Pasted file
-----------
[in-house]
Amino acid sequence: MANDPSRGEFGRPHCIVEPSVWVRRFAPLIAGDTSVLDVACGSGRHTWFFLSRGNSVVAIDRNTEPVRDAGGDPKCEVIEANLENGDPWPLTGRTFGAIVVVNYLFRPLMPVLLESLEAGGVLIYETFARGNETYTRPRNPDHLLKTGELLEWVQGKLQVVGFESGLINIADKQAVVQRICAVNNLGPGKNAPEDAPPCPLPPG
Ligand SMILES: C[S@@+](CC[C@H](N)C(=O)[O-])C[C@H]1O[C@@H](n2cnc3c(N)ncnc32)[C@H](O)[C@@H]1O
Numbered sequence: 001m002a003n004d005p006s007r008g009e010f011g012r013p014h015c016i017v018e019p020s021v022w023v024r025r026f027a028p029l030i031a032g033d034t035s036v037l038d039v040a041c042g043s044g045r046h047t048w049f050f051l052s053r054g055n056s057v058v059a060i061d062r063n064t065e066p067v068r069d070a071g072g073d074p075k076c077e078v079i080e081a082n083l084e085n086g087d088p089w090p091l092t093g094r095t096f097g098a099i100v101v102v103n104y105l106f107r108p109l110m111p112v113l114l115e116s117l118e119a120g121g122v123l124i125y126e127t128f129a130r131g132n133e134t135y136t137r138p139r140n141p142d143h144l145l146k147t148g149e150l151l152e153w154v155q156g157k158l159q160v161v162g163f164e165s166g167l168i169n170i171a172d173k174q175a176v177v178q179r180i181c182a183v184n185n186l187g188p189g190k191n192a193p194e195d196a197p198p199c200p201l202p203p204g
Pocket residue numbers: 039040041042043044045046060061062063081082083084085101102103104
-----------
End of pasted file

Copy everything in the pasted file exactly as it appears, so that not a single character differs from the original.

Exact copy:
[in-house]
Amino acid sequence: MANDPSRGEFGRPHCIVEPSVWVRRFAPLIAGDTSVLDVACGSGRHTWFFLSRGNSVVAIDRNTEPVRDAGGDPKCEVIEANLENGDPWPLTGRTFGAIVVVNYLFRPLMPVLLESLEAGGVLIYETFARGNETYTRPRNPDHLLKTGELLEWVQGKLQVVGFESGLINIADKQAVVQRICAVNNLGPGKNAPEDAPPCPLPPG
Ligand SMILES: C[S@@+](CC[C@H](N)C(=O)[O-])C[C@H]1O[C@@H](n2cnc3c(N)ncnc32)[C@H](O)[C@@H]1O
Numbered sequence: 001m002a003n004d005p006s007r008g009e010f011g012r013p014h015c016i017v018e019p020s021v022w023v024r025r026f027a028p029l030i031a032g033d034t035s036v037l038d039v040a041c042g043s044g045r046h047t048w049f050f051l052s053r054g055n056s057v058v059a060i061d062r063n064t065e066p067v068r069d070a071g072g073d074p075k076c077e078v079i080e081a082n083l084e085n086g087d088p089w090p091l092t093g094r095t096f097g098a099i100v101v102v103n104y105l106f107r108p109l110m111p112v113l114l115e116s117l118e119a120g121g122v123l124i125y126e127t128f129a130r131g132n133e134t135y136t137r138p139r140n141p142d143h144l145l146k147t148g149e150l151l152e153w154v155q156g157k158l159q160v161v162g163f164e165s166g167l168i169n170i171a172d173k174q175a176v177v178q179r180i181c182a183v184n185n186l187g188p189g190k191n192a193p194e195d196a197p198p199c200p201l202p203p204g
Pocket residue numbers: 039040041042043044045046060061062063081082083084085101102103104